Busted: A pulsating myth
This weekly column debunks the various myths propagated by Indian cinema—Tamil films in particular
Myth: Catching the pulse is enough to confirm pregnancy
Propagated in: Super Kudumbam and loads of other Tamil films
In Tamil cinema, particularly films set in a village, there is usually a checklist that is followed before it is declared that a woman is pregnant. First up, the woman in question will be found vomiting in the backyard. If not, she will drop unconscious, usually in front of her shocked family. What ensues is the local doctor getting called to ascertain the problem. And then, happens the miracle. The doctor catches the wrist of the patient, checks her pulse, takes a deep breath, and declares her pregnant. Often, accurately to the point of conveying how old the foetus is.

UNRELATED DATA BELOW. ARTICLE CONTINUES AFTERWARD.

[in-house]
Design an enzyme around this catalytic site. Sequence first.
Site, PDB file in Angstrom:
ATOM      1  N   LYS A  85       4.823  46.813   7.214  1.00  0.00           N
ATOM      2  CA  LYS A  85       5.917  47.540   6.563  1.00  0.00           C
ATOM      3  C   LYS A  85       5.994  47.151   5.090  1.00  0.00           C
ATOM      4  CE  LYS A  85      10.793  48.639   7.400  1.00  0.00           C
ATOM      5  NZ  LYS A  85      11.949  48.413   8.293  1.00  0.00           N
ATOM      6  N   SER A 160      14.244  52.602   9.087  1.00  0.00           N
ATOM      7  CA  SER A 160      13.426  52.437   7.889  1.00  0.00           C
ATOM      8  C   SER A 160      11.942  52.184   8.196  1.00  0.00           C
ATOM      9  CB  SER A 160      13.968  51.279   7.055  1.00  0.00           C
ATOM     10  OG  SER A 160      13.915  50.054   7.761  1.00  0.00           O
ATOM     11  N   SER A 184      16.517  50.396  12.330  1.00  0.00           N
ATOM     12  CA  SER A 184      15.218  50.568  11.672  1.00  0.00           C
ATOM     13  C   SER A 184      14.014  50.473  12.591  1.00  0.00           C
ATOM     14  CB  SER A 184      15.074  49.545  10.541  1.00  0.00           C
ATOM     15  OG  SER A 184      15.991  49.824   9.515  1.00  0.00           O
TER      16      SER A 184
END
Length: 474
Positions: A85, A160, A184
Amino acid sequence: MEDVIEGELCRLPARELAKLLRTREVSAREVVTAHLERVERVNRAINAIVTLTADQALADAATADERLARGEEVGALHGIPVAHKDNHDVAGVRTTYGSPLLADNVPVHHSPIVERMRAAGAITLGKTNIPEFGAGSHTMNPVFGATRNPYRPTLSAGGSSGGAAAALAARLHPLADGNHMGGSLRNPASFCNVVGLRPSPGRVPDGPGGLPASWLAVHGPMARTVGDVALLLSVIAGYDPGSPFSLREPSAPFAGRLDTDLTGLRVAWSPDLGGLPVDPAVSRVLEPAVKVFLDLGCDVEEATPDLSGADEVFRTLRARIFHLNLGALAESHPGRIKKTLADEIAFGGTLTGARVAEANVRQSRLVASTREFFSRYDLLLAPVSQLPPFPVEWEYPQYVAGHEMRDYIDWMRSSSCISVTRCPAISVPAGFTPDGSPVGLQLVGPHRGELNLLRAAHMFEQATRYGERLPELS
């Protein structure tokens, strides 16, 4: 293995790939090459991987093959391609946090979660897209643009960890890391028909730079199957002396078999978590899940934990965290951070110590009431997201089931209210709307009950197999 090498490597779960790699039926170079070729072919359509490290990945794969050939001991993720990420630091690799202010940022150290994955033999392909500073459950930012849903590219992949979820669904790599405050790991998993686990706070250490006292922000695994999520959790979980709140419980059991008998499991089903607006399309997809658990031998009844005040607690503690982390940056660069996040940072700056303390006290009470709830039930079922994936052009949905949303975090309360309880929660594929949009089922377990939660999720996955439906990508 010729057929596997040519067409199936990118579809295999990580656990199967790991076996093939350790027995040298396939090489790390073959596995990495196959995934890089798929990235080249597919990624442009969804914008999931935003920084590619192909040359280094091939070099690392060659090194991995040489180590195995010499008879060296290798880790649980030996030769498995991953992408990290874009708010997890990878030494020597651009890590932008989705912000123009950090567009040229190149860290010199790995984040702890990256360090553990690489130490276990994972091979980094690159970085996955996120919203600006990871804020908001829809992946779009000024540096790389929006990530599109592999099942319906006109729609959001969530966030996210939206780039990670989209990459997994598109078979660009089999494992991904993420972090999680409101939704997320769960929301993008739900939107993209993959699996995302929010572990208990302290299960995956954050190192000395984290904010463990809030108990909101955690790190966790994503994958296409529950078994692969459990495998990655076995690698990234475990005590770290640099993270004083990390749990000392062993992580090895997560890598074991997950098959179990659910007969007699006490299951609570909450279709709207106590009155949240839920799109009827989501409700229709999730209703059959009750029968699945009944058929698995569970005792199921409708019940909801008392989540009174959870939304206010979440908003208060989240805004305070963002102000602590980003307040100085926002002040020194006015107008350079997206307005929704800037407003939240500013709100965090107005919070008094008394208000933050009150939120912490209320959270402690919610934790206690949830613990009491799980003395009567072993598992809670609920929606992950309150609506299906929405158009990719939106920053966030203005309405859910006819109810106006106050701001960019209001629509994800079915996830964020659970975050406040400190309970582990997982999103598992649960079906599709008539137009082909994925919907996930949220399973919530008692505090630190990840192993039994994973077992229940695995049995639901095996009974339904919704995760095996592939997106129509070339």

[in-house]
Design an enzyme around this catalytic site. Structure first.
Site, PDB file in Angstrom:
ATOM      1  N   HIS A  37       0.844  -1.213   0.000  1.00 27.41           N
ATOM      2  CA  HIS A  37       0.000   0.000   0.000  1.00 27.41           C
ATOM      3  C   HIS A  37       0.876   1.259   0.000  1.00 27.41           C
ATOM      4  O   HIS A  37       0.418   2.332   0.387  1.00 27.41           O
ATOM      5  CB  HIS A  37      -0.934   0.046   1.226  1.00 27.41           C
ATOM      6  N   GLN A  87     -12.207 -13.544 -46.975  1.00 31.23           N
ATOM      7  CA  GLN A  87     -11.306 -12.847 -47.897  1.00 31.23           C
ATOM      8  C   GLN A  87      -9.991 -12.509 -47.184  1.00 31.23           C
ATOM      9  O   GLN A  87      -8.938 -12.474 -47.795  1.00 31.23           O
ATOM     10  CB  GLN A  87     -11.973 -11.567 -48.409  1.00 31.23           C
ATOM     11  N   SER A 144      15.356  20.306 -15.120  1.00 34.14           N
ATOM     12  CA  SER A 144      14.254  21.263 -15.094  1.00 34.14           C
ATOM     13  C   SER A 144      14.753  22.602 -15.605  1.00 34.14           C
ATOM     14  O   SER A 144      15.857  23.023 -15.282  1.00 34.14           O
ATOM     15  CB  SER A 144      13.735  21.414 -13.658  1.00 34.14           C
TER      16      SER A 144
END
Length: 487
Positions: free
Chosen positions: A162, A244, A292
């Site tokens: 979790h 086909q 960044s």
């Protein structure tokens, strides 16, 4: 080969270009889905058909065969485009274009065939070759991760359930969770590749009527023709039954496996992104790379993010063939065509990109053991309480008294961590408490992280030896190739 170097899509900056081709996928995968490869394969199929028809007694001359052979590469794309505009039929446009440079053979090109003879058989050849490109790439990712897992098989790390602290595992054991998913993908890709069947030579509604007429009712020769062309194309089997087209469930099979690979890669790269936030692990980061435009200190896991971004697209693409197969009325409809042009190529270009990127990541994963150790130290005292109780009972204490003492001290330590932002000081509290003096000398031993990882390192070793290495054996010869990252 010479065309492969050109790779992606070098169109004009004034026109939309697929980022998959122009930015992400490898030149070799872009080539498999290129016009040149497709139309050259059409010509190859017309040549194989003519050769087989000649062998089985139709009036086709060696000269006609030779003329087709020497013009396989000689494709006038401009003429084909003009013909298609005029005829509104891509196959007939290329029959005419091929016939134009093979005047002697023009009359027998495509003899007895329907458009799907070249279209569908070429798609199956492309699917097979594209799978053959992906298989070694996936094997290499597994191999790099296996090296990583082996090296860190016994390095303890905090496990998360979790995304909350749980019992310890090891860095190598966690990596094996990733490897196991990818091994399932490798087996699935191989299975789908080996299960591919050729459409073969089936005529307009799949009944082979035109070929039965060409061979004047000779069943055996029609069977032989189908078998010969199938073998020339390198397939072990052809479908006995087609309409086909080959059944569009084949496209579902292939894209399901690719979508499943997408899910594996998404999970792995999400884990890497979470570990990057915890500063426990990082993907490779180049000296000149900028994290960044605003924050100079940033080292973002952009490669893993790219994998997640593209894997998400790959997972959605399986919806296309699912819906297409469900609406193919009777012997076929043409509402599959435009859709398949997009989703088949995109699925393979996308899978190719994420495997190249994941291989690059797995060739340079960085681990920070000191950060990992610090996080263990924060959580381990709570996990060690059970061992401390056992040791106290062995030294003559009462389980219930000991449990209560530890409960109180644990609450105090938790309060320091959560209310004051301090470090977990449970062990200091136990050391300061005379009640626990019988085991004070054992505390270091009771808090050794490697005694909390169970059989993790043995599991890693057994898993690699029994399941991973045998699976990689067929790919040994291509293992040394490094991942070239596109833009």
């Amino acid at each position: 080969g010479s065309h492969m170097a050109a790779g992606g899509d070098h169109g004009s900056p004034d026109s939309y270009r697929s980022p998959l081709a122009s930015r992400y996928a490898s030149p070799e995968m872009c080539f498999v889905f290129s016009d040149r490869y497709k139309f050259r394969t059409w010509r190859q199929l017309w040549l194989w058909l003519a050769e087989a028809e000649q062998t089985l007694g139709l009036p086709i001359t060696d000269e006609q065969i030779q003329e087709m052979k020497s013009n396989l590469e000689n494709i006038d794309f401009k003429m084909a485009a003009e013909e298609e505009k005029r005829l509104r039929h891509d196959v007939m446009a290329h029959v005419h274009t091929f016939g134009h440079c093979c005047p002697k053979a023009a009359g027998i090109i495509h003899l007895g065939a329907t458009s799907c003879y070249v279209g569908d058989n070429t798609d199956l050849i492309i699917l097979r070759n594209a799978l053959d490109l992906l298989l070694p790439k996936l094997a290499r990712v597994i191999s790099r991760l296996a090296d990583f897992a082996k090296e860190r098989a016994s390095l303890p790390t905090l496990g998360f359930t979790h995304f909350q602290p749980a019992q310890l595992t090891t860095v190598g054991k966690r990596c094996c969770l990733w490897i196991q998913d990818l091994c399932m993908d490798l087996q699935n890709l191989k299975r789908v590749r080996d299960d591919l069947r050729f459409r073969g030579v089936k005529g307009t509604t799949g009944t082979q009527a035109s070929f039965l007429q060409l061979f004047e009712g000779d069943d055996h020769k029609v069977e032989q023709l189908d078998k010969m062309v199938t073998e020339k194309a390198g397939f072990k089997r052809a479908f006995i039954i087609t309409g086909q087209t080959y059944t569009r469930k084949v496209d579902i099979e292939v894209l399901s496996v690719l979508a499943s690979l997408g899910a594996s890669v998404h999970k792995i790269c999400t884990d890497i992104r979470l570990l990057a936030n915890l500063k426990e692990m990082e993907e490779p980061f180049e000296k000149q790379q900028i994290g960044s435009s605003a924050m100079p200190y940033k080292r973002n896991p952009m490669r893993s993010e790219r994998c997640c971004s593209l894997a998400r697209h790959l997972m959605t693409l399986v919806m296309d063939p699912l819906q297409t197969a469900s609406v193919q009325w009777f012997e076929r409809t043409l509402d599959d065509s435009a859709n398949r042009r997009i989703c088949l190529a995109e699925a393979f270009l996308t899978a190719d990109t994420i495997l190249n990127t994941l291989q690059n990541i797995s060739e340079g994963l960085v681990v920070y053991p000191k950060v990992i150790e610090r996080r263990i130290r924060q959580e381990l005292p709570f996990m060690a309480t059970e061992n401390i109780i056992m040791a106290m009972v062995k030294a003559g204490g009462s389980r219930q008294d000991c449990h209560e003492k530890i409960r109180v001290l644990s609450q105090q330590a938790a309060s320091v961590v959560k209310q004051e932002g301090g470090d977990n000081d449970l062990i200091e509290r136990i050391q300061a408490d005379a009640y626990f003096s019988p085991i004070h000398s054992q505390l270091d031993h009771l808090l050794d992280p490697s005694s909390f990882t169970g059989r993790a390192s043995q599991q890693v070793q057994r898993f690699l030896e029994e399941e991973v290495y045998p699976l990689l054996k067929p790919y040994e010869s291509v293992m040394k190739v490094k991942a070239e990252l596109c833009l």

Dr Sabeeha, obstetrician and gynaecologist, Cauvery Hospital, doesn't watch too many films. "The profession consumes enough of my time," she says, and proceeds to rubbish the idea that pregnancy can be determined by checking the pulse. There are simpler methods, she says. "In India, even the smallest of pharmacies have urine pregnancy kits. Sure, there is the possibility of a false positive. This is why you usually consult a real doctor and take a blood test to confirm it."
She says she's not qualified enough to comment on how detrimental it is to promote such misplaced ideas in films, but believes that with modern advancements, there is no need to take recourse in such incorrect methods.
So, there you go. That's another few films we've ruined for you. You're welcome.